[From my first two posts on this topic: Even in this age of self-publishing, many writers still look for an agent or publisher. If you are one of those people, read on to hear some truths about the hunt. The first difficult truth is that you must spend a great deal of time doing research. The second truth is that you have to follow their directions for submitting your work. Neglecting either of these truths generally results in a rejection email or no email at all.]
Rule three is to be resolute and take rejection in stride.
It’s hard to be resolute when all you can do—to begin with—is wait to hear something. Agents often make that wait relatively painless since their rejection email comes so quickly you figure your query email must have passed it going through cyberspace. My best advice, once you send a query email, is to get back to writing, reading, or marketing while you are waiting to hear. Frankly, your chances of even getting a rejection email are slim. I sent out 80 query emails to agents and received twelve rejections. The rest didn’t even bother, and they will generally tell you on their website that you won’t hear from them if they are not interested.
Why do so many well-meaning emails to agents or publishers result in rejection? I have an answer for that. The field of combat is set against you from the time you hit the “send” button. Two years ago, I read some research by Dan Poynter, who is a publisher, author and book consultant. He stated that 132 million manuscripts are submitted for publication yearly. Of those, only 1% will get published. Did you catch that? Only 1%. For manuscripts that manage to get through the reader’s slush pile and even be considered for publication, 90% will be rejected based on reading the first page. Yes, you read that right—on the basis of one page. Do you suppose some great manuscripts are sitting in attics because of their first pages? I tell you this not to make you feel worse, but to get you to realize that rejection is a way of life in this business. You have to keep calm and carry on.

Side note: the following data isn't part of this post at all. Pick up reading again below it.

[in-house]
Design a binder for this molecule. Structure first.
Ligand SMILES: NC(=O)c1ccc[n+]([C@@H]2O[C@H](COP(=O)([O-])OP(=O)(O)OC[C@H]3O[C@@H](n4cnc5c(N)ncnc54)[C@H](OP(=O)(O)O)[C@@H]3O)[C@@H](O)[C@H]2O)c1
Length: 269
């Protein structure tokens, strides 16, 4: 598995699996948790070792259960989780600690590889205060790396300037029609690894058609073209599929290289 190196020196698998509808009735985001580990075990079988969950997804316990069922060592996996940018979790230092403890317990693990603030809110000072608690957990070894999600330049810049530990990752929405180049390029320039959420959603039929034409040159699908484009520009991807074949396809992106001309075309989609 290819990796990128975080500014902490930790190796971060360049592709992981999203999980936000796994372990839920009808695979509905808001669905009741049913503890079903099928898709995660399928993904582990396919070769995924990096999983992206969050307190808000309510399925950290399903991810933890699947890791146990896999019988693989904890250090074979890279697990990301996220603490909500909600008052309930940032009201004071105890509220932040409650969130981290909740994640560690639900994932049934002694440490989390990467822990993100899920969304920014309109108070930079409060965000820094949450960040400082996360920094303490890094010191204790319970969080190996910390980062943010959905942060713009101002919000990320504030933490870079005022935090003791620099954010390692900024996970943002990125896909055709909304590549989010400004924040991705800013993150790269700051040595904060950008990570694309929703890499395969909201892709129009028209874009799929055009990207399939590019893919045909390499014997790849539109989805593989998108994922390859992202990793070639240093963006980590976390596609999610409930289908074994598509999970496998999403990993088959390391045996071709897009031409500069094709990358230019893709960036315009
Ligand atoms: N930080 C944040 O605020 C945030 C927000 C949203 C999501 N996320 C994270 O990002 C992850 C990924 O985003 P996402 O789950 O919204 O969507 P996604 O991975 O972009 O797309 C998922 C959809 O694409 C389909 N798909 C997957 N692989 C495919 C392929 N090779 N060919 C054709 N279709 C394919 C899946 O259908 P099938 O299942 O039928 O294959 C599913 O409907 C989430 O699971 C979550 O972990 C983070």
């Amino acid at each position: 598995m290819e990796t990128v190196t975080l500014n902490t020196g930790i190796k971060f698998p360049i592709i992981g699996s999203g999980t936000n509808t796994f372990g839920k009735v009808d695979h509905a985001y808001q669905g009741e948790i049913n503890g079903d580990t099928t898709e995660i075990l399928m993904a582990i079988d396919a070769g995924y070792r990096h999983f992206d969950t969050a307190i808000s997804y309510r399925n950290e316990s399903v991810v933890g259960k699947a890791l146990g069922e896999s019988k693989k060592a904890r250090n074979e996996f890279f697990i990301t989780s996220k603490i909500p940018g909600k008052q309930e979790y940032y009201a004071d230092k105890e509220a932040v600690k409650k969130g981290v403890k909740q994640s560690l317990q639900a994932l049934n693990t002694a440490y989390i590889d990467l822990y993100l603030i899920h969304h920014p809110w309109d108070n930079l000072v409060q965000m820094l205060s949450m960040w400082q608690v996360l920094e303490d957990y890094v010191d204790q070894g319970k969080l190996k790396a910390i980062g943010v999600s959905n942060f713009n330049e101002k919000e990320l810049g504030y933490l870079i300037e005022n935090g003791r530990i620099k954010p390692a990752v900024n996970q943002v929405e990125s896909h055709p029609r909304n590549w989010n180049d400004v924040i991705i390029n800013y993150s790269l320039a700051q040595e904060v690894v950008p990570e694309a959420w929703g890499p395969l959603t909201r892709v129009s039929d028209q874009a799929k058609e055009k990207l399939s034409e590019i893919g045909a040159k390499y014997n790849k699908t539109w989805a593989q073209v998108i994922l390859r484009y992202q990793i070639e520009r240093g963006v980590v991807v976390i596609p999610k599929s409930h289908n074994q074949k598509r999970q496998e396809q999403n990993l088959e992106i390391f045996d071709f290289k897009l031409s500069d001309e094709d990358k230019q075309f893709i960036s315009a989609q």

If you are one of the lucky writers who actually gets an email back from a publisher or agent, I can almost tell you what it will say: Dear Author, Thank you for your email inquiry. Sorry for this generic email, but you know, we are busy, busy, busy. At this time we don’t feel we are a good fit for your novel. However, good luck with your future writing endeavors. Signed, Busy Agent.
Now, seriously, should you take this personally?
So, here is my best advice for would-be published authors.
First, realize that lots of very big authors have faced similar rejection. The example I hear most often is Kate Stockett, who received 60 rejections over 3.5 years, and finally found an agent willing to fight for her manuscript, a little book called The Help. Then, more recently, Jenny Milchman documented her search in Writer’s Digest. She spent eleven YEARS writing and re-writing a book that finally found the right person who got it published. Cover of Snow came out and won the Mary Higgins Clark prize for the best suspense novel of the year. Check out her website here.
Second, save your email rejections so you can feel good later about the money those agents or publishers are NOT making from your work once it is published. As they say, “Karma is a ….”
Third, remember…and this is most important…getting a book published is not personal. Publishing is a business. Publishers are in the business to make money. When they reject your book, they are simply saying they don’t believe it will make them money, often based on one page they’ve read.
And last, finding an agent or publisher is a lot like selling a house you have loved and fixed up over years and years of your life. You love your book like you loved that house, but eventually someone will come along that is just the right person to fall in love with your house/book too. So, whether a house or a book, even if you have a lot of rejections, keep the faith that someone is out there who will see what you see in your book.
Coming up: Rule four, expect a great deal of waiting.